GE2020: In Aljunied GRC broadcast, WP highlights role as check and balance, PAP lays out help schemes
SINGAPORE: The Workers’ Party (WP) and the People’s Action Party (PAP) delivered their constituency political broadcasts for the Aljunied Group Representation Constituency (GRC) on Friday (Jul 3), in the first of a series this General Election.
As the incumbents, the five-member WP team spoke first – party chief Pritam Singh, Mr Gerald Giam and Mr Leon Perera delivered their speeches in English, while Mr Faisal Manap and Ms Sylvia Lim spoke in Malay and Mandarin respectively.
For the PAP challengers, Mr Victor Lye and Mr Chua Eng Leong spoke in English, while Ms Chan Hui Yuh and Mr Alex Yeo spoke in both Mandarin and English, and Mr Shamsul Kamar in Malay and English.
WP: “WE ASK TOUGH QUESTIONS ON YOUR BEHALF”
The WP team’s speeches focused on two broad points of appeal to Aljunied voters: To vote in MPs who would hold the PAP Government accountable, and its track record on the ground of running the town council.
Noting that all five members of the team have parliamentary experience – including Mr Giam and Mr Perera as former Non-Constituency Members of Parliament (NCMPs) – Mr Singh pointed out that they had “asked tough questions” of the Government.
The WP's MPs have been “rational and responsible”, he said, supporting the Government’s agenda when it is “on the right track” and opposing it only when we find the direction is not in the national interest.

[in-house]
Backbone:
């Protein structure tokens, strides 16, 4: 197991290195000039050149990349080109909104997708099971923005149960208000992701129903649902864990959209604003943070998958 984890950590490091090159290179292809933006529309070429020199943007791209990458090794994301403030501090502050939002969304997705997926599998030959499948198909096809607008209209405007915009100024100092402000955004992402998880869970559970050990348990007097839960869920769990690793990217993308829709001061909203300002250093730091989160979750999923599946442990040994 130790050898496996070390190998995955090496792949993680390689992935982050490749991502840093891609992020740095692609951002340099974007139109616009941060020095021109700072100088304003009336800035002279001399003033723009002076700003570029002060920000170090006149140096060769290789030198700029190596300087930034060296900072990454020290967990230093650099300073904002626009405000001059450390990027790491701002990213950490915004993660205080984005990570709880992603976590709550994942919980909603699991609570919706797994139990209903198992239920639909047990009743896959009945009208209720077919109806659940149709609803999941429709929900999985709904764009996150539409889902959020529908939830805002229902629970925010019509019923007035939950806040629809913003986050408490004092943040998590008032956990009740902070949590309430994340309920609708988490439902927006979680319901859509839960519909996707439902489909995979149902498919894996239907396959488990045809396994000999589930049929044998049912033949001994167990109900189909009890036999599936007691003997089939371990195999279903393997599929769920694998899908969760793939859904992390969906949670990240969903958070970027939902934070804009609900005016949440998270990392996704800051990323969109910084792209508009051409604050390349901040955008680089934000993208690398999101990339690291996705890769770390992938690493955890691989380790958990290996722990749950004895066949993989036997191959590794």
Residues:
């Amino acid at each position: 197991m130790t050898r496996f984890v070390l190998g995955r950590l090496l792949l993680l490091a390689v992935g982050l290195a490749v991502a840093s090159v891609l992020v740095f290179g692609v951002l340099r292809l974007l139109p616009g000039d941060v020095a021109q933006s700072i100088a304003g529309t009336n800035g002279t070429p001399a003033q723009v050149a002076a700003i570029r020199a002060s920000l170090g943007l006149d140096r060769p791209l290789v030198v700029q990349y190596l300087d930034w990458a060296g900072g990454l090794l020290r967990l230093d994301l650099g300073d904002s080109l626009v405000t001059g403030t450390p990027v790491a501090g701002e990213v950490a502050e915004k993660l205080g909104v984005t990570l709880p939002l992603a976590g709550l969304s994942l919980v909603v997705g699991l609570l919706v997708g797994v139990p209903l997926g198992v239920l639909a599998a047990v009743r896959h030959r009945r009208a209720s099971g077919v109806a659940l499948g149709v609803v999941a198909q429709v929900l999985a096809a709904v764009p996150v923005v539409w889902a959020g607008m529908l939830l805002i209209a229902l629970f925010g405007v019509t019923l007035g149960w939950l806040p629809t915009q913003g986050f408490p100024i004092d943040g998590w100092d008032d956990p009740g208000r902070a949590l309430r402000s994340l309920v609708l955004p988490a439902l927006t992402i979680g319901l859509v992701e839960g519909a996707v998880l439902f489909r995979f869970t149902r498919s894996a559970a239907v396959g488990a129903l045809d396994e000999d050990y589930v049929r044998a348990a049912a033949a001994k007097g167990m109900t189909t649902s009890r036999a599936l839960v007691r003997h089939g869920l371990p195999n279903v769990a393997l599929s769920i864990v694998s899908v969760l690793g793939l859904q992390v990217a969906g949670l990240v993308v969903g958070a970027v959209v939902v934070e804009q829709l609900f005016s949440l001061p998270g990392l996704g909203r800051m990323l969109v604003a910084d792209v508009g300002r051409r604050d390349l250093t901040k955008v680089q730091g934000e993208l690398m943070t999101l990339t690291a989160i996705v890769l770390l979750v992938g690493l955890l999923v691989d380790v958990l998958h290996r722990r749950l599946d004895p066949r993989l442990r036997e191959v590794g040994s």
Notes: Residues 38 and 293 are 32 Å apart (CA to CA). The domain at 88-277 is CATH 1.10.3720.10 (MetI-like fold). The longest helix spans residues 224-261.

“If you vote for a PAP team into Aljunied GRC, your new MPs will have to support the agenda of their party, and they may even need to watch what they say in order not to fall out of favour with their party leadership,” he said.
This will not strengthen Parliament as a check on the Government, he added.
At the town council level, Mr Singh said services in the wards that the WP manages under the Aljunied-Hougang Town Council (AHTC) are functioning, while renewal and improvement works have been ongoing.
He noted that the AHTC’s financial position is “healthy”, with the town council steadily building up its operating fund position since the current term started in late 2015.
“The latest audited figure recorded an accumulated surplus of S$7.9 million - more than double the accumulated surplus when we took over from the previous Aljunied Town Council in 2011.”